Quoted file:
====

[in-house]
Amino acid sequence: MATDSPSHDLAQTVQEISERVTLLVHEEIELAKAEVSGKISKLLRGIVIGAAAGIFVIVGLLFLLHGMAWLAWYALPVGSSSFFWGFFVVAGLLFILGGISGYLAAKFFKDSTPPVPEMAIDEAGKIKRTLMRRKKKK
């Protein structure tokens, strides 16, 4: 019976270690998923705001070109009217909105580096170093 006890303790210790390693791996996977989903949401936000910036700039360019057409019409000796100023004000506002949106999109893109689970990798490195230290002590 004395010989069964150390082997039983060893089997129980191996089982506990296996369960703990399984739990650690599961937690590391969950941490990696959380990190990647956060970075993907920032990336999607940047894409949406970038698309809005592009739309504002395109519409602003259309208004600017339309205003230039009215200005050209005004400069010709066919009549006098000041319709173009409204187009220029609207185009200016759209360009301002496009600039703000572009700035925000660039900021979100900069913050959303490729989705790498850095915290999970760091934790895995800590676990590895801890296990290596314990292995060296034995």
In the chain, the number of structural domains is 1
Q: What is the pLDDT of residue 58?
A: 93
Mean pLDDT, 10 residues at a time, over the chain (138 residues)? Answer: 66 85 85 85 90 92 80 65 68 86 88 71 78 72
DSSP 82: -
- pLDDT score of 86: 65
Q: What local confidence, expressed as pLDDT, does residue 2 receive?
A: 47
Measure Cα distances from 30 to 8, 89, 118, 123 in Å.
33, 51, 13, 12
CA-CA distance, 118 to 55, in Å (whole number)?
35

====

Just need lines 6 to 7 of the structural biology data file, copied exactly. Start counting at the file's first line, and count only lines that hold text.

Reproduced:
A: 93
Mean pLDDT, 10 residues at a time, over the chain (138 residues)? Answer: 66 85 85 85 90 92 80 65 68 86 88 71 78 72